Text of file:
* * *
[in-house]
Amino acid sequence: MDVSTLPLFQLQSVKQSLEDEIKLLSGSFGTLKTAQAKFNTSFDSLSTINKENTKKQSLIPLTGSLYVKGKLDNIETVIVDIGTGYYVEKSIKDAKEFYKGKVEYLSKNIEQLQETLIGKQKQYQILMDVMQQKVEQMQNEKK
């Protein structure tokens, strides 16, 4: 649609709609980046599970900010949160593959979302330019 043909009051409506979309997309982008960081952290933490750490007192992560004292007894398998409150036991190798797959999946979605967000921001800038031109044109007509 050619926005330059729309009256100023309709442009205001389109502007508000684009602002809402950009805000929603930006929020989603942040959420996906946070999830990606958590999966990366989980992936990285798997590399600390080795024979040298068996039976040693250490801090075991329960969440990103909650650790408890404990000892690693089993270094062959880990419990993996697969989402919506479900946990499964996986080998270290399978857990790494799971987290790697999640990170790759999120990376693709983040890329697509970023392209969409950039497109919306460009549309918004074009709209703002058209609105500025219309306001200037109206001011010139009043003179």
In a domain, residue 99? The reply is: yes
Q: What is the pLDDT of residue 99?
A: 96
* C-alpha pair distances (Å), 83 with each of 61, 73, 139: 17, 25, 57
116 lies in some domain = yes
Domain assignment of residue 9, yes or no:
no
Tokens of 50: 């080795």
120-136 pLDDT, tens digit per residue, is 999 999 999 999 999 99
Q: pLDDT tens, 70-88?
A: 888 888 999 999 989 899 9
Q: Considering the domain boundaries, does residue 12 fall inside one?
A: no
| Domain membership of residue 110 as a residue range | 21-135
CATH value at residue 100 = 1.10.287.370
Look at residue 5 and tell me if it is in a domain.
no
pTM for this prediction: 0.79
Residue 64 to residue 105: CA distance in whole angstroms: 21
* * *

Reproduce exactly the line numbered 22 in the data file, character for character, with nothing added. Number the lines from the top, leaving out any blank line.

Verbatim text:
Residue 64 to residue 105: CA distance in whole angstroms: 21